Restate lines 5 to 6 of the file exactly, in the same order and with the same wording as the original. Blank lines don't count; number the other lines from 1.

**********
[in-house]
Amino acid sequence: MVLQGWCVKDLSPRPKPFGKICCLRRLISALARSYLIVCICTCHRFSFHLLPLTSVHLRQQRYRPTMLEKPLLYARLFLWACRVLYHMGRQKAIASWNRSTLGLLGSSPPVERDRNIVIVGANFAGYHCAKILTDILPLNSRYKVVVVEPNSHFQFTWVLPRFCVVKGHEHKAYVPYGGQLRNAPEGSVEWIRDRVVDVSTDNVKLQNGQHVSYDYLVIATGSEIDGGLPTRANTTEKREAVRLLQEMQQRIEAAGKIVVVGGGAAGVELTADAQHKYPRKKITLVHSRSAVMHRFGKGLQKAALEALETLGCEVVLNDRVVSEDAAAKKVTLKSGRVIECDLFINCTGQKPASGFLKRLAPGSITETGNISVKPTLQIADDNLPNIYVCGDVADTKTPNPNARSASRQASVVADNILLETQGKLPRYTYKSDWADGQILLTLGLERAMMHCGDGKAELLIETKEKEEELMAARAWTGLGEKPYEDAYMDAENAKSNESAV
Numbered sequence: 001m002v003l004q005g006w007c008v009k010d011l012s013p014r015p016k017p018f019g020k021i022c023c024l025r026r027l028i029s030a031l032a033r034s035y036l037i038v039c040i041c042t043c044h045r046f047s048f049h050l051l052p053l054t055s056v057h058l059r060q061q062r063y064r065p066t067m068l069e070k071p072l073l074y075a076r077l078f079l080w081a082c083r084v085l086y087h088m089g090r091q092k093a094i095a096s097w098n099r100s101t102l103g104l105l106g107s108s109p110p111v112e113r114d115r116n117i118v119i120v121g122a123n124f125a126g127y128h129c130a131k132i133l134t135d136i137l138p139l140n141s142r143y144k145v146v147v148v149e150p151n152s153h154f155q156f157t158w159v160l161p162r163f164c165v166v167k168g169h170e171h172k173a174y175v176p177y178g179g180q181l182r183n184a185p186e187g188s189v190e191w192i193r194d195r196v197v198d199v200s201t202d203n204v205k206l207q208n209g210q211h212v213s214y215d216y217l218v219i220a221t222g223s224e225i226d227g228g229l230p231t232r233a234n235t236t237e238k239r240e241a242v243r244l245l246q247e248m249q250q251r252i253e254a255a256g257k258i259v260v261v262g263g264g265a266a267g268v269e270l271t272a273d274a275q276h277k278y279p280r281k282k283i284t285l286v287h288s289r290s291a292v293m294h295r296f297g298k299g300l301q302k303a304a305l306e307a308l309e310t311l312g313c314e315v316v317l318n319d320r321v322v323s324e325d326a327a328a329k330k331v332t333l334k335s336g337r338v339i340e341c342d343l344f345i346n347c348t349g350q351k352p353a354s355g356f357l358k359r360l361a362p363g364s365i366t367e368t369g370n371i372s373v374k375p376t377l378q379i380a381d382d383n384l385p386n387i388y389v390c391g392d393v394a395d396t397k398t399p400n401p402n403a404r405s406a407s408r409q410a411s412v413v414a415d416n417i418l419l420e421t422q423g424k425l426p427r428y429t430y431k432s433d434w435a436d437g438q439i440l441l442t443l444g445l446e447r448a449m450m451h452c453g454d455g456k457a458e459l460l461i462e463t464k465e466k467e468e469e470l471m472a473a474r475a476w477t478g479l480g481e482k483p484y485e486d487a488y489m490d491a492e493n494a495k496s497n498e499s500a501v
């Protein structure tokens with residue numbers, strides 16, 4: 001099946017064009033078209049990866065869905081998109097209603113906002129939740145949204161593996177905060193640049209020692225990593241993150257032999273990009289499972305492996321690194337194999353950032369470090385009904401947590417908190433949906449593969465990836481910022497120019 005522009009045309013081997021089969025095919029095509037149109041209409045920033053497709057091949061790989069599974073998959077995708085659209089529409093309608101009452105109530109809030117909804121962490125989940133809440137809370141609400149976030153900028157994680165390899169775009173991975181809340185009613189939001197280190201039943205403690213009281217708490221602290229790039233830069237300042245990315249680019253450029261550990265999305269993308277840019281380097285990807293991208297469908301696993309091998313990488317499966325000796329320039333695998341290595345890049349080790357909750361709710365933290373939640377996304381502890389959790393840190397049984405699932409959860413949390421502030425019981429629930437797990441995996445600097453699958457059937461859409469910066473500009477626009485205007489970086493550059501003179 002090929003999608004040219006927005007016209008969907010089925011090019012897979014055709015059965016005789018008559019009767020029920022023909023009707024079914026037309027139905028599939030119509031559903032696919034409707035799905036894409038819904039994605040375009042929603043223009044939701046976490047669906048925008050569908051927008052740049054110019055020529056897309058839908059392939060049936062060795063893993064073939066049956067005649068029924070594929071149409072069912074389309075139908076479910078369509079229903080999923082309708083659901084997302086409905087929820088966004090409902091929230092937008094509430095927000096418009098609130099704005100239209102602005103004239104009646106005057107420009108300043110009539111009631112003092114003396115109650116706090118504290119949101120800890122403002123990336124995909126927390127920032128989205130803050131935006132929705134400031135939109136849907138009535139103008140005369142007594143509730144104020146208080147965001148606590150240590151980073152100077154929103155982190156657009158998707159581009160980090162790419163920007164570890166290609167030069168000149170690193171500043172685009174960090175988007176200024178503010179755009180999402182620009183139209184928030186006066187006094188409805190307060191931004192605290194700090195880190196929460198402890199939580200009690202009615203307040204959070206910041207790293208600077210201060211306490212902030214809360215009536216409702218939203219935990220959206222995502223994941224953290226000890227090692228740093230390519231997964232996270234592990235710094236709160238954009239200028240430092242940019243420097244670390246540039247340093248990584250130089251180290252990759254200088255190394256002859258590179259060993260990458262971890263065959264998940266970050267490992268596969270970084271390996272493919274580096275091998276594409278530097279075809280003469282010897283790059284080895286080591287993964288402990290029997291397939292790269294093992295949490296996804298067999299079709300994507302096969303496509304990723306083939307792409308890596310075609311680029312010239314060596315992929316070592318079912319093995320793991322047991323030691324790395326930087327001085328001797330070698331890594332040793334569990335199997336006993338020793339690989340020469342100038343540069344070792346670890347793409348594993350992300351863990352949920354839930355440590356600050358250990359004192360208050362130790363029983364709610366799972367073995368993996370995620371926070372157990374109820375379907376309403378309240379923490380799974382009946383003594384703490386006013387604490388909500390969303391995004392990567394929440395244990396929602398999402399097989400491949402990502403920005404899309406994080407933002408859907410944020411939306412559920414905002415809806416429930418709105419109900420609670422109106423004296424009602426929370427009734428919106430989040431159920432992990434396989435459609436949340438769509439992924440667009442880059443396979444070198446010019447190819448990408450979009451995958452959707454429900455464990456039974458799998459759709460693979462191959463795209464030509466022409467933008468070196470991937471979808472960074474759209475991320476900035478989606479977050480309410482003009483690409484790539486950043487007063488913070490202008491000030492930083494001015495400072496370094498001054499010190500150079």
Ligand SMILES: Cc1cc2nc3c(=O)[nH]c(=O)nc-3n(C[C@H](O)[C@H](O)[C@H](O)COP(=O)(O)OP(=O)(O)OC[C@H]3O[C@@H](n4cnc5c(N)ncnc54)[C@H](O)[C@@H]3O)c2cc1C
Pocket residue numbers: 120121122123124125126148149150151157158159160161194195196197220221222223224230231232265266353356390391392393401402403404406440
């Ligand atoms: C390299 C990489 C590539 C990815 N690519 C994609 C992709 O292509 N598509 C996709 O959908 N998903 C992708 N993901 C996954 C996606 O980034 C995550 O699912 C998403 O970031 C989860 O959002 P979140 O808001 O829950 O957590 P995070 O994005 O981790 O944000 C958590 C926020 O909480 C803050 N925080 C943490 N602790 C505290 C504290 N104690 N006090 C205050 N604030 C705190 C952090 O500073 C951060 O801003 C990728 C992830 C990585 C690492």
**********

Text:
Ligand SMILES: Cc1cc2nc3c(=O)[nH]c(=O)nc-3n(C[C@H](O)[C@H](O)[C@H](O)COP(=O)(O)OP(=O)(O)OC[C@H]3O[C@@H](n4cnc5c(N)ncnc54)[C@H](O)[C@@H]3O)c2cc1C
Pocket residue numbers: 120121122123124125126148149150151157158159160161194195196197220221222223224230231232265266353356390391392393401402403404406440